Moose Peterson - Description: this bag/pack system is a favorite of some outdoor photographers and is well made, quite versatile and provides moderate padding and good to excellent weatherproofing at medium to high prices. Verdict: Unusual design indeed, but it works as advertised and designed. The maker is a well known photographer and his three main pack styles more or less define his personal preferences grown out of decades of photography assignments. Not for everyone, but when you need a backpack system like the MP models, there's nowhere else to get one. Very quiet bags, ideal for wildlife and outdoor shooting situations.

National Geographic - Description: a nice looking line of soft canvas & nylon shoulder bags, backpacks, waist systems and pouches with light weatherproofing, light padding, reasonably priced and offering good quality for casual use. Verdict: I own two of the shoulder bags and I like them a lot. The only problem is that they're insufficiently padded for careless use and the bottom of the bags don't offer much protection from ground moisture. Lots of pockets and an unconventional flap and snap lock system help to create a very quiet, organic looking bag. The shoulder bags are very comfortable, but deform and sag if overloaded. Not quite recommended because of the lack of padding and ground protection.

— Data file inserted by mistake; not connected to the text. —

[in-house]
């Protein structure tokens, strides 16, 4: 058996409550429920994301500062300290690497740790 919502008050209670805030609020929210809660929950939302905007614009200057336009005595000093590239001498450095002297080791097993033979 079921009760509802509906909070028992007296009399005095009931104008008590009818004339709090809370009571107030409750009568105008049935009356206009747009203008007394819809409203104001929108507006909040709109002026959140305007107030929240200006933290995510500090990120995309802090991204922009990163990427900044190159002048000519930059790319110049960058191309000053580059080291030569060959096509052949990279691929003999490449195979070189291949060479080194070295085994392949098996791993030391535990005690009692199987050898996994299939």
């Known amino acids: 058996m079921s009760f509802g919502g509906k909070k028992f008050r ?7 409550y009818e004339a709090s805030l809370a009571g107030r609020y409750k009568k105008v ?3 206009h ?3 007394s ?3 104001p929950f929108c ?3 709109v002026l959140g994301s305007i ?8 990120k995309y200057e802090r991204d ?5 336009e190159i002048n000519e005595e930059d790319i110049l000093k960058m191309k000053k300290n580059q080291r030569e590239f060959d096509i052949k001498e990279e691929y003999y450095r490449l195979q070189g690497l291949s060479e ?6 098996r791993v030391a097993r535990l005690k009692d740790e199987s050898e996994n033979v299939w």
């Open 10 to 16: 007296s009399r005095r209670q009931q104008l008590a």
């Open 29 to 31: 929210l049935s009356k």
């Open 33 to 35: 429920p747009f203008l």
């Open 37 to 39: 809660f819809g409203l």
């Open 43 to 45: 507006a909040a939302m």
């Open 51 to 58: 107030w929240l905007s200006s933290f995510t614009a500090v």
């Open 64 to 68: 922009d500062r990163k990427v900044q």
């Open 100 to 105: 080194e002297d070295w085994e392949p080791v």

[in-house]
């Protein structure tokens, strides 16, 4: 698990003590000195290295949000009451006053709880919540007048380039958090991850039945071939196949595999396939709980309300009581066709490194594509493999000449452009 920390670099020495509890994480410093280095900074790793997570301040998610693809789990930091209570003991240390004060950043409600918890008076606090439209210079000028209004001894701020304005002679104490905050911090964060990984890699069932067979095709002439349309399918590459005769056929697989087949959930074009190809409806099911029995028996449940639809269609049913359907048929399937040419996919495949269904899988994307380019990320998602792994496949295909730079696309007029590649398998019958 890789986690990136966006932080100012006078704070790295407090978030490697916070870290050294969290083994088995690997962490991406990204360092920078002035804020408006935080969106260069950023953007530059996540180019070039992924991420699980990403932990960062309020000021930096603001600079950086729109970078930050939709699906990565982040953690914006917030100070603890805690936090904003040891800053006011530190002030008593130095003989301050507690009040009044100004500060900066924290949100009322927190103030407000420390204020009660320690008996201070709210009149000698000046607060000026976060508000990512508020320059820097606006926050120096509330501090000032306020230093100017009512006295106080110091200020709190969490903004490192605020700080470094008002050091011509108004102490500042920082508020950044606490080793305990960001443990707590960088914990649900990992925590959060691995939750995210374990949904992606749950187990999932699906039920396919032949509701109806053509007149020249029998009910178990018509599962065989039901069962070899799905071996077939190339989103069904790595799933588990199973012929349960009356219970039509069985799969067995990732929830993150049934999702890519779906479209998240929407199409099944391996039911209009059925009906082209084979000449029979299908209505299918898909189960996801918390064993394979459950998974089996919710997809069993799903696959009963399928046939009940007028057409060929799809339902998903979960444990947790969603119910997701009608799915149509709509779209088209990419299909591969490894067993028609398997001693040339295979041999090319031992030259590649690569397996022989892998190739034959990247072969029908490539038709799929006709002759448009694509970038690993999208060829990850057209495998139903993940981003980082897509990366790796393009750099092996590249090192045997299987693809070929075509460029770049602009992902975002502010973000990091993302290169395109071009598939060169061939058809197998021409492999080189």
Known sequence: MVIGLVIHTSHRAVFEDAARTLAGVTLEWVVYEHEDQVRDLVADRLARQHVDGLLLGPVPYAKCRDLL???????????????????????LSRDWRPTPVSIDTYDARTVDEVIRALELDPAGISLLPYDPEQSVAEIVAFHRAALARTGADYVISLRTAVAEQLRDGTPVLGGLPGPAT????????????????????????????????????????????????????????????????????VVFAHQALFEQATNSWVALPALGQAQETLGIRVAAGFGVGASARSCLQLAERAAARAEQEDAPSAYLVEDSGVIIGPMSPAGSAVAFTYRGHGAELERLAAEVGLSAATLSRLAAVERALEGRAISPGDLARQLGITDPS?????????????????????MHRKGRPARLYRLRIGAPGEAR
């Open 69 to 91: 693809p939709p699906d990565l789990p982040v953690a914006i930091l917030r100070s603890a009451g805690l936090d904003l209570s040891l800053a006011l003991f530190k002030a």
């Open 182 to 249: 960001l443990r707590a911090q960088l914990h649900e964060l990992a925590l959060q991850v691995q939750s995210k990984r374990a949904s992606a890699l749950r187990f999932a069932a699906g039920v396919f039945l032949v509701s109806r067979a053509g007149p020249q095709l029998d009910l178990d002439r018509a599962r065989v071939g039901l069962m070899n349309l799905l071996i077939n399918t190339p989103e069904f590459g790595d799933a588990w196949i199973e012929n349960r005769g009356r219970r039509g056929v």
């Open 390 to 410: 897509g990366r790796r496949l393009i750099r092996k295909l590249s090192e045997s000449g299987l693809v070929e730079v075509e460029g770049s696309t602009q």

M-Rock - Description: consumer quality waist sytems, backpacks, shoulder bags, pouches and a couple of sling bags which look like good Lowepro clones but with a couple of extra features not found in Lowepro and Tamrac models. The line also provides moderate padding and moderate weatherproofing. Verdict: The newer M-Rock sling packs are real challengers to Lowepro's excellent SlingShot models. The smaller M-Rock styles offer good protection and access, but zippers are sometimes awkward to use. Otherwise, the M-Rock products work well and make economic use of space in their (mostly) compact designs. Well worth considering, especially the single SLR pouch models. Recommended.

Naneu Pro - Description: interesting designs, above average consumer quality and some semi-pro models including extremely versatile backpacks, shoulder bags and sling bags, with moderate to good padding, moderate to good weatherproofing, and very reasonable pricing. Verdict: We had a hard time finding these ones and tracking down actual owners and users, but they seem to be gradually increasing in popularity. Carry and comfort levels are quite good and the interiors are versatile. A bag maker to watch. Not recommended yet because we don't know how well the bags hold up over time, but quality and wear reports seem good so far.

Pelican - Description: the first name in weatherproof, impact resistant, hard shell cases used all over the world to carry, protect, store and ship camera gear of all kinds. Verdict: Anybody who has to regularly check their camera gear on an airplane, train or bus, or who has to move gear from location to location needs to consider a Pelican, Lightware or Versa-Flex case or set of cases. Pelican offers a huge range of water tight, dunkproof, weatherproof, highly impact resistant, extremely well padded cases in tiny sizes all the way up to large suitcase and crate models. For good reasons, these are the cases most pros turn to for shipping and project travel. Pricey, but worth every penny. Highly recommended.